There has been a “huge increase” in demand for Fleckvieh cows over the last 12 months, according to dairy farmer and director of Celtic Sires Gerard Brickley.
Speaking to AgriLand, Gerard – who runs a dairy farm with his wife Angela in Coolrain, Co. Laois – explained: “It’s mainly driven by the calf value.
“We see people this year who have both Friesian and Fleckvieh calves, crossbreds, going into the mart and what we’re hearing back broadly, at two weeks old.
“They’re getting €40 for the Friesian calves – and €250 for the Fleckvieh crosses out of the same farms. Up to €350 at a month old, with surplus heifer calves going for €350 to €400 at a month old.
“It’s a great shot in the arm at a time of the year when dairy farms are quite tight for money.
“We don’t think this is the reason that people will stay with the breed in the long term but it is a key reason they’re moving to it at the moment,” he added.
When asked about the key benefits of the breed, Gerard explained that they are physically a stronger, more robust cow – which “translates into less veterinary bills one way or another”, along with the obvious higher calf and cull cow values.
Efficiency of Fleckvieh
One of the key benefits that Gerard highlighted was the efficiency of the breed, from both a beef and dairy production standpoint.
“You have tremendous raw materials coming into the beef herd,” he said.
“But, from a dairy farmer point of view, it also makes perfect sense in that it’s a much more balanced income.
“You have the same volume or more of milk – and yet you have extra income from the beef side of it as well and the extra strength of the cow helps to reduce other costs.”
Quizzed on the dairy side of things, the farmer said: “In an Irish context, I would put them somewhere more than midway between a British Friesian and a Holstein Friesian, just purely looking at milk production or volumes of milk.
“Solids at a national level are 0.1% better for both fat and protein, so that’s nothing of note.
“But, if you take Austria – which has a different feeding system – their national average for all milk recording cows is 7,800L, which is miles ahead of where we are in Ireland.
“Also, there’s a much higher level of milk recording there than here.
“The production ability, admittedly with a better feeding system, is way higher than what we’re used to here,” he asserted.
Fertility and maintenance
Turning to the fertility and maintenance point of view, Gerard said he found both to be very good, explaining:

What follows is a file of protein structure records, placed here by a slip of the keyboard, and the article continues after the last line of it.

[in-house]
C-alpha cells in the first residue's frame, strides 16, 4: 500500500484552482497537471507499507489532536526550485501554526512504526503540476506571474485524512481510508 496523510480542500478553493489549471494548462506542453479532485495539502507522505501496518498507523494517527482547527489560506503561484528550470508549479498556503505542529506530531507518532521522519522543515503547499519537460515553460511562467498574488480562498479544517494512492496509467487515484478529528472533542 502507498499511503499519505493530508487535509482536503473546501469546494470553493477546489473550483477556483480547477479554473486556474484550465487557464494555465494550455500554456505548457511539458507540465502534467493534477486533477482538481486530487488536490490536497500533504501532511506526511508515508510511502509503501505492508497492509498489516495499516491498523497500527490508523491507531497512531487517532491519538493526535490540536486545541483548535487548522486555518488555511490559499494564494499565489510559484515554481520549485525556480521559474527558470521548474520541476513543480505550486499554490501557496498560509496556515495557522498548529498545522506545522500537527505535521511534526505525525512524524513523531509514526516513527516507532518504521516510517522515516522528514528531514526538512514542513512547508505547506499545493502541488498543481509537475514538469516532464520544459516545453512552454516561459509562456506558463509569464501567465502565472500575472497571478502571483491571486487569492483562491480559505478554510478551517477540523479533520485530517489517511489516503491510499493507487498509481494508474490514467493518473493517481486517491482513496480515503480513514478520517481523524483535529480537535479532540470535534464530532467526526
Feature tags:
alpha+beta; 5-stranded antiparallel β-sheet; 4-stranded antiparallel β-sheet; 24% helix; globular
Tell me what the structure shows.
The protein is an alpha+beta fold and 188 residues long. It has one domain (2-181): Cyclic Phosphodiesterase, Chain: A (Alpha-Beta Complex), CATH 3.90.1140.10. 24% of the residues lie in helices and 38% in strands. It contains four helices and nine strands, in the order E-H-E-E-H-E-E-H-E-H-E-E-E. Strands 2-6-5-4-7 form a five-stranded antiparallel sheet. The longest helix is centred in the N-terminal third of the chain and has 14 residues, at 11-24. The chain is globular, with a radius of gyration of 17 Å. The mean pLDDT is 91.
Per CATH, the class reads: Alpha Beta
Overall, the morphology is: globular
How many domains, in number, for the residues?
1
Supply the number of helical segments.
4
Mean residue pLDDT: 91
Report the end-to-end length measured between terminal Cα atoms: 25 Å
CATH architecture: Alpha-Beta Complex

“In early lactation, they don’t peak as high and they don’t peak as early.
“If you take a peak yield for a Fleckvieh you multiply it by 240 to get their 305-day average compared to what we would normally have taken at 220.
“So that means that they are not under as much negative energy balance in the first two or three months – and that helps everything.
“It keeps them in better condition, it helps their fertility, it causes less stress on their legs; everything. I really think that’s a key strength that the breed has,” Gerard said.
Asked about calving difficulty, the farmer said: “When people are starting out for the first time trying Fleckvieh we always recommend that they try the easiest calving bulls for the first year until they see how they’re working in the herd, and then you can gradually work to the more average ones.
“I would say as a breed they are slightly easier calving than the Irish Simmental but we have some extremely easy-calving bulls in AI as well.”
Gerard and Angela also run a Fleckvieh semen business called Celtic Sires. Asked about this, Gerard said:
“When we got interested first in the Fleckvieh we asked the Austrians about distributing their semen here, so we have secured the semen distribution rights for all Austrian Fleckvieh semen coming into Ireland.
We set up a small depot, got a Department of Agriculture licencing for it, and we deliver it direct to DIY and out to technicians through the main AI companies as well.
“We only focus on Fleckvieh; we’re just specialists on Fleckvieh – we don’t deal with other breeds,” he added.
“For the last five or six years, we’re the only ones who have been actively trying to educate and promote rather than just sell Fleckvieh.
The Brickleys have exhibited at “the Ploughing”, produced literature and leaflets and even run biannual study tours to Austria to help educate on the breed.
“We’re also involved in importing breeding stock as well, but the main focus is the dairy farm at home and then the semen business.”
As well as producing hard-copy leaflets, the company has a website celticsires.ie, and Twitter, Facebook, Instagram and Youtube channels of the same name. “It’s difficult to get time for everything but we are trying,” Gerard added.
Change towards Fleckvieh
“I think there’s a definite change, particularly in the last 12 months in the level of interest in them.
“It’s a fundamental change in mentality in Irish dairying if you change away from the last 50 years – we have all been focused on a single-purpose dairy animal; an ‘extreme’ dairy animal.
“Central Europe has always gone with their dual-purpose type animal; primarily for milk production but always keeping the strong physical traits there – and I really think it’s time that we need to look at it again.
“It’s all down to economics in the end and it makes sense from that angle. It’s putting balance back into the system,” Gerard concluded.